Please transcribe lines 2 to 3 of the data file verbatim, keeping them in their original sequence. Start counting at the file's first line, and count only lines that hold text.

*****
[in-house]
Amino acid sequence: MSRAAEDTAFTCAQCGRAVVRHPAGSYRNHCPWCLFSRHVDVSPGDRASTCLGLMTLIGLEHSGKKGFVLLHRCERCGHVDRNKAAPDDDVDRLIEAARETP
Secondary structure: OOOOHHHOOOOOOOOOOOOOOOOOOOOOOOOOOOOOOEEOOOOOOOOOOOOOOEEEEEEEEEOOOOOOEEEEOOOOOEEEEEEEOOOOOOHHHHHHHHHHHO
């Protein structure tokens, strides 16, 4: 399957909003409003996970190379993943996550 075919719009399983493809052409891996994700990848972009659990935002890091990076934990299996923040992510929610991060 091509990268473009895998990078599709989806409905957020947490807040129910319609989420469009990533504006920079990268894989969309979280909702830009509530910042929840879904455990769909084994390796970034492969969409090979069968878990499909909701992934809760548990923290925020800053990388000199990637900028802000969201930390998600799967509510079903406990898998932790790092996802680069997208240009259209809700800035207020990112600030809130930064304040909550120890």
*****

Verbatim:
Amino acid sequence: MSRAAEDTAFTCAQCGRAVVRHPAGSYRNHCPWCLFSRHVDVSPGDRASTCLGLMTLIGLEHSGKKGFVLLHRCERCGHVDRNKAAPDDDVDRLIEAARETP
Secondary structure: OOOOHHHOOOOOOOOOOOOOOOOOOOOOOOOOOOOOOEEOOOOOOOOOOOOOOEEEEEEEEEOOOOOOEEEEOOOOOEEEEEEEOOOOOOHHHHHHHHHHHO